“If you can’t beat ‘em, tell the government to force ‘em to let you beat ‘em,” Mike Beasley reports for 9to5Mac. “That’s the approach BlackBerry CEO John Chen wants to take to mobile software development.”
“Today Chen wrote in a blog post on the BlackBerry website that he believes the issue of net neutrality requires the government to not only promote and protect neutrality not only among wireless and broadband carriers, but also among app and content providers,” Beasley reports. “To put Chen’s points in simpler terms, he’s angry that services like Netflix and iMessage are not available for BlackBerry devices and says that the government should require the companies responsible for those services (and others like them) to stop ‘discriminating’ against BlackBerry.”
Read more in the full article here.
An excerpt from Chen’s blog post:
Defining Net Neutrality. There is widespread disagreement in defining the term “net neutrality.” Most discussion has focused on telecommunications carriers and how they operate and manage their physical networks. Neutrality advocates want to prohibit carriers from creating paid, prioritized “fast lanes,” and from slowing down or “throttling” customers using excessive bandwidth. Neutrality advocates argue that such practices will destroy the free and open internet, while the carriers argue such prohibitions will destroy their incentives to invest in infrastructure to carry more traffic.
BlackBerry believes policymakers should focus on more than just the carriers, who play only one role in the overall broadband internet ecosystem. The carriers are like the railways of the last century, building the tracks to carry traffic to all points throughout the country. But the railway cars travelling on those tracks are, in today’s internet world, controlled not by the carriers but by content and applications providers. Therefore, if we are truly to have an open internet, policymakers should demand openness not just at the traffic/transport layer, but also at the content/applications layer of the ecosystem. Banning carriers from discriminating but allowing content and applications providers to continue doing so will solve nothing.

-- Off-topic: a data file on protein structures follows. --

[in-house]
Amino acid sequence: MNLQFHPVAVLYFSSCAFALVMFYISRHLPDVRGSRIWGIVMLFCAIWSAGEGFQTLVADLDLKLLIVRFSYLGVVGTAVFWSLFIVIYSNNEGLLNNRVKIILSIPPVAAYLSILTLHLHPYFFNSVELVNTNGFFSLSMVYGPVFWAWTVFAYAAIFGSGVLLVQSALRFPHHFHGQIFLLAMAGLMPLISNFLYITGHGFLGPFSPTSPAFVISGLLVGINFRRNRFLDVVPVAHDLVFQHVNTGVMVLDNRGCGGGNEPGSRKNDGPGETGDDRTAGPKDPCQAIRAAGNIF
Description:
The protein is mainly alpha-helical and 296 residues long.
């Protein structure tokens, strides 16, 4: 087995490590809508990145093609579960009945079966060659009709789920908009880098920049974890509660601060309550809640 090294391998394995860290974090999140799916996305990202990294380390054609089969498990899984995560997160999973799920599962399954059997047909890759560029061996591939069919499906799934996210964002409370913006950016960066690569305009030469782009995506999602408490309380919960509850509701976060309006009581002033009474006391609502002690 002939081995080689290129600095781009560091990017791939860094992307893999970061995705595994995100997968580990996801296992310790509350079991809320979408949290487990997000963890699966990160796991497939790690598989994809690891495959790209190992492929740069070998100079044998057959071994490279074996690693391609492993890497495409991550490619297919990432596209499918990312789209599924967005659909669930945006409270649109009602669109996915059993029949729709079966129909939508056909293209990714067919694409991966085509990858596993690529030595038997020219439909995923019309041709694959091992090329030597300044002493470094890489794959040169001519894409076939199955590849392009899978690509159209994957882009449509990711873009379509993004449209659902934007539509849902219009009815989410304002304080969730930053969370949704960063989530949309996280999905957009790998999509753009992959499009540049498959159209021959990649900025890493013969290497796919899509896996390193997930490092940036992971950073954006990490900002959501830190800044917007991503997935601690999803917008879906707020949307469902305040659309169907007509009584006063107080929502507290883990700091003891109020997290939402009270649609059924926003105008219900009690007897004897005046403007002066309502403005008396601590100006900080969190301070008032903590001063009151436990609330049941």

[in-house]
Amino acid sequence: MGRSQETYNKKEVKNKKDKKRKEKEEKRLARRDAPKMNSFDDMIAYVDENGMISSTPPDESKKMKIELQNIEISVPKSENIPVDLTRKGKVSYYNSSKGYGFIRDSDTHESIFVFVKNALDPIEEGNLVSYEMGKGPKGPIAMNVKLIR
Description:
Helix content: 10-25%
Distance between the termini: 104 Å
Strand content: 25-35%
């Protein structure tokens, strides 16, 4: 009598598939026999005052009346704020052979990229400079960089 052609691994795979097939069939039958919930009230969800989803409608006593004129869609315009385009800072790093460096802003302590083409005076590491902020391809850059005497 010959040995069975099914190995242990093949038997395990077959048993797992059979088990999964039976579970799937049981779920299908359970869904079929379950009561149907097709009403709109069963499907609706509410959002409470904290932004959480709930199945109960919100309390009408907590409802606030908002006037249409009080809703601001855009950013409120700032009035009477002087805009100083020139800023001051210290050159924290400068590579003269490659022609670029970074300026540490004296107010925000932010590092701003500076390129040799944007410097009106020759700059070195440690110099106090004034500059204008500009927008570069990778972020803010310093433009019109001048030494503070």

Therefore, any net neutrality legislation must take a holistic view of the entire playing field, addressing both carrier neutrality and content/application neutrality… Unfortunately, not all content and applications providers have embraced openness and neutrality. Unlike BlackBerry, which allows iPhone users to download and use our BBM service, Apple does not allow BlackBerry or Android users to download Apple’s iMessage messaging service. Netflix, which has forcefully advocated for carrier neutrality, has discriminated against BlackBerry customers by refusing to make its streaming movie service available to them. Many other applications providers similarly offer service only to iPhone and Android users. This dynamic has created a two-tiered wireless broadband ecosystem, in which iPhone and Android users are able to access far more content and applications than customers using devices running other operating systems. These are precisely the sort of discriminatory practices that neutrality advocates have criticized at the carrier level.
MacDailyNews Take: A few points:
1. Chen is batshit insane. Or he fell and hit hit head. Seek medical/mental health attention immediately, John.
2. Nobody makes apps for BlackBerry because fscking BlackBerry is DEAD.
2a. Following Chen’s “logic,” the gov’t should force Apple to make apps for Tizen and every other half-assed failed OS on the market. Chen’s ever-rising level desperation seems to have caused irreparable cognitive damage.
3. We told you years ago that so-called “net neutrality” would become a bastardized fiasco.
[Thanks to MacDailyNews Reader “Lynn Weiler” for the heads up.]